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Smoke Rings June 14, 2001

Donald Sultan

Artwork Details

Smoke Rings June 14, 2001
Donald Sultan
spackle and tar on tile over masonite
96 in x 96 in (243.84 cm x 243.84 cm)
Museum purchase made possible by the W. Hawkins Ferry Fund and the Friends of the Museum of Art


March 28 2009
Donald Sultan’s Smoke Rings seem to float in defiance of the heavy materials with which they are produced: black tar and spackle, the substance used for patching holes in plaster and drywall. Sultan, who began using these kinds of materials when he was a construction worker, paints in the tradition of still life, but rather than reproducing what the eye sees, he draws attention to what it often misses, revealing the abstract visual qualities of commonplace things. His use of unorthodox media and manipulation of scale provokes a sense of strangeness that slows recognition of his subjects, allowing for minute examination of their aesthetic qualities. In Smoke Rings Sultan arrests and monumentalizes a transitory phenomenon: languid, spiraling curls of smoke. At once abstract and hyperreaslistic, the paintings are as much about the graphic gesture of white on black as they are about the beauty to be found in the ordinary world that surround us.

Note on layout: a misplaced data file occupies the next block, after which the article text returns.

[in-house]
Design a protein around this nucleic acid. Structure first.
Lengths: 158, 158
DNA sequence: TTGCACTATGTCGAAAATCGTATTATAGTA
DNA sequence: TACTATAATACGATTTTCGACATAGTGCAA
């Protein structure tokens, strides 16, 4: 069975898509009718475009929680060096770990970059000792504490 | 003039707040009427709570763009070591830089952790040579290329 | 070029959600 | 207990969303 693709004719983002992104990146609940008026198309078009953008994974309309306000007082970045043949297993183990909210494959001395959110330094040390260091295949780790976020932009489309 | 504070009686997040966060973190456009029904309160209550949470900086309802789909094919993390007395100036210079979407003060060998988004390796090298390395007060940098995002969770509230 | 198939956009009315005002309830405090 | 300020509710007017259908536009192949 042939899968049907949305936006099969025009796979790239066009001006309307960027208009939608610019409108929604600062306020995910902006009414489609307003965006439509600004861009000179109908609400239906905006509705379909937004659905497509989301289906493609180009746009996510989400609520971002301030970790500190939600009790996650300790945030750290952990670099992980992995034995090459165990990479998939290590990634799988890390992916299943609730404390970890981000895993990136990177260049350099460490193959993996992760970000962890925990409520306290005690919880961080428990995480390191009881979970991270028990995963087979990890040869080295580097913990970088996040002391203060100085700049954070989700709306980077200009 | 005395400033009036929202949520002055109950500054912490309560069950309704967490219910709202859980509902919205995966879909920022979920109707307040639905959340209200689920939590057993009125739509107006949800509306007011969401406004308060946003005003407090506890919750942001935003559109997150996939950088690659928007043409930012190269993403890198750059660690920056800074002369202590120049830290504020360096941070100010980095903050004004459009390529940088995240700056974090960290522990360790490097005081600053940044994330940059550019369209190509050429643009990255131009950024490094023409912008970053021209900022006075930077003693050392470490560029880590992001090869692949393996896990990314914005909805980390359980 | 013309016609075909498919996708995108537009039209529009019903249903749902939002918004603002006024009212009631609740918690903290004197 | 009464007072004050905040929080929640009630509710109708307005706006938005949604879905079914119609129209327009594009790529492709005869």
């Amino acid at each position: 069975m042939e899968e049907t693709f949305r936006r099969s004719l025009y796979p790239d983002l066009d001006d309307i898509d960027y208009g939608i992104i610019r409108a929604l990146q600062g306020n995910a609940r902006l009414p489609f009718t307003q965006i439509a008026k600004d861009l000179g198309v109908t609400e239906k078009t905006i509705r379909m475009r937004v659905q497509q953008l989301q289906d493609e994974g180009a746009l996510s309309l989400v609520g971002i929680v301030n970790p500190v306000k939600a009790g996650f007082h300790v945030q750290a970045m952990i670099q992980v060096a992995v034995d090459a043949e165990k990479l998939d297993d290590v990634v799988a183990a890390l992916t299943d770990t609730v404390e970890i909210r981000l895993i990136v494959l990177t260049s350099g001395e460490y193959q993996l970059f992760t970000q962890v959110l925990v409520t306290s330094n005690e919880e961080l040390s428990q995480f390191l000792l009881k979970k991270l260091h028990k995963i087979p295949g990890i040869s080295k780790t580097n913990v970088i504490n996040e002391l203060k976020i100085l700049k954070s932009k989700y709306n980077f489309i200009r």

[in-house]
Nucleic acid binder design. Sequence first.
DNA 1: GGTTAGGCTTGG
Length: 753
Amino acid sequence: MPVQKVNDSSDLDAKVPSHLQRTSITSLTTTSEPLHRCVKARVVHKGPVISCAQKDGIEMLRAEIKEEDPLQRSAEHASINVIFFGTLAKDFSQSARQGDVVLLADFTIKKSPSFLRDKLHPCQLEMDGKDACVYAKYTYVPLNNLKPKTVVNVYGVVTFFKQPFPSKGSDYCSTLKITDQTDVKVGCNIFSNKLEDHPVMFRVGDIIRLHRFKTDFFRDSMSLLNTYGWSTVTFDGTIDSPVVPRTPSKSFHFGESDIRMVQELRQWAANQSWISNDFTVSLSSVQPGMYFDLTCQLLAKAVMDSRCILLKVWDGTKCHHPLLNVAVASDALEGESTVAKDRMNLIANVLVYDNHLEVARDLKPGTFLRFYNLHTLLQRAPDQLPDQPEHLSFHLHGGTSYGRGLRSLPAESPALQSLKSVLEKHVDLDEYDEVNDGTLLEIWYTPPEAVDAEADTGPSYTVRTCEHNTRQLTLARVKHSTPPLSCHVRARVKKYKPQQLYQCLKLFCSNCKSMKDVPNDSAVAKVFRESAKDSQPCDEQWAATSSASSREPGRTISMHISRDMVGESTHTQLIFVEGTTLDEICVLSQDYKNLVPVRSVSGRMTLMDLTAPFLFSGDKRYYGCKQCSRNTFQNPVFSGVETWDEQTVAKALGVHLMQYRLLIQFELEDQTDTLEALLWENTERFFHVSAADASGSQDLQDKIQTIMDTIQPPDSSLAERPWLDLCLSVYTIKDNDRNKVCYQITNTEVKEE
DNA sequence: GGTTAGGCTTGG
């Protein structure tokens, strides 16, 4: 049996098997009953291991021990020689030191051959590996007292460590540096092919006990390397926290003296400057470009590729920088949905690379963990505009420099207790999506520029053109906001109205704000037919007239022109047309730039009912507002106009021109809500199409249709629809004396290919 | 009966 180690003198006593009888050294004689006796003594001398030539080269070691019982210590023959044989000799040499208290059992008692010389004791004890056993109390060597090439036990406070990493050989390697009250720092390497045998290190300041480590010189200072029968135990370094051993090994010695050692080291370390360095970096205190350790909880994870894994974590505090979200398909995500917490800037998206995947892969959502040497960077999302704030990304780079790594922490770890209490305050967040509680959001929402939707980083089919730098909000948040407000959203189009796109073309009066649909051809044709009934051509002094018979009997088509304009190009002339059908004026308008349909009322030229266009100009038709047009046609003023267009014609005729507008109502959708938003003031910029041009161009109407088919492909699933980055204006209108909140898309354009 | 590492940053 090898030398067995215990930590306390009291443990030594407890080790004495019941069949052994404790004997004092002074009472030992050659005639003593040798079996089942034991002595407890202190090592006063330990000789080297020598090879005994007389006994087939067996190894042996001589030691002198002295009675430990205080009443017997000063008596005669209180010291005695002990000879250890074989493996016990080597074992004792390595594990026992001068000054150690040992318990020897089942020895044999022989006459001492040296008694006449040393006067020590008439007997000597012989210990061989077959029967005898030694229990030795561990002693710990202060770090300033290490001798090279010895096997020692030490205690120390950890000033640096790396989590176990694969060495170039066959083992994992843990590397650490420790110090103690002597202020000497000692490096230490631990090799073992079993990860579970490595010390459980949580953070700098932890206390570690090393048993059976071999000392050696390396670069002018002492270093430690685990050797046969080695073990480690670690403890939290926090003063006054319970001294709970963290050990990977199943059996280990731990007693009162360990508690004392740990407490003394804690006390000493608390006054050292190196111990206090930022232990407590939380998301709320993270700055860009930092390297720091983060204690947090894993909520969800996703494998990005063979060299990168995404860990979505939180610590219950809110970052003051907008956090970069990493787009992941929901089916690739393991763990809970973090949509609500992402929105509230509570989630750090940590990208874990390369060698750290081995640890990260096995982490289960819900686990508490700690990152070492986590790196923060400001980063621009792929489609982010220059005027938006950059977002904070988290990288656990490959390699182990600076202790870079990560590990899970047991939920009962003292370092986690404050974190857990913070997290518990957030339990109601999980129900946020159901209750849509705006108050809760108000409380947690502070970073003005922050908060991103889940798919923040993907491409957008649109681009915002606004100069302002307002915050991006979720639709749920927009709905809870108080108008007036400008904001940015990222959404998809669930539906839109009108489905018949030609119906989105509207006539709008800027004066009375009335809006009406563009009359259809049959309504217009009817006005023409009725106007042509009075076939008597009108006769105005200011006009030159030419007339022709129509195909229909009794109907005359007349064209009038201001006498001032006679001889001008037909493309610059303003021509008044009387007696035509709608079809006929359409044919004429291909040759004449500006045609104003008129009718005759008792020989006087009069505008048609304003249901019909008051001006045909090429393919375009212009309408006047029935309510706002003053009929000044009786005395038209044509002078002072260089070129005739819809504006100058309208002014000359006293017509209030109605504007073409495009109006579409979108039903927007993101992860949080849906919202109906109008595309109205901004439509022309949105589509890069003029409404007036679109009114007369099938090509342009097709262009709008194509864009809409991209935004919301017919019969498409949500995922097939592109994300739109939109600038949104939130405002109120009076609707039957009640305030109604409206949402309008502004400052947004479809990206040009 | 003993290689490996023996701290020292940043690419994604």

These meditative paintings were originally created specifically for UMMA.

Subject Matter:

The tradition of still life painting applied to the ephemeral phenomenon of smoke rings. Emphasizes the beauty of the everyday and of transient things.

Physical Description:

Against a black background three smoke rings hang, connected by wafts of smoke. Two of the rings are in the viewer's lower left. One is in the viewer's upper right.

Usage Rights:

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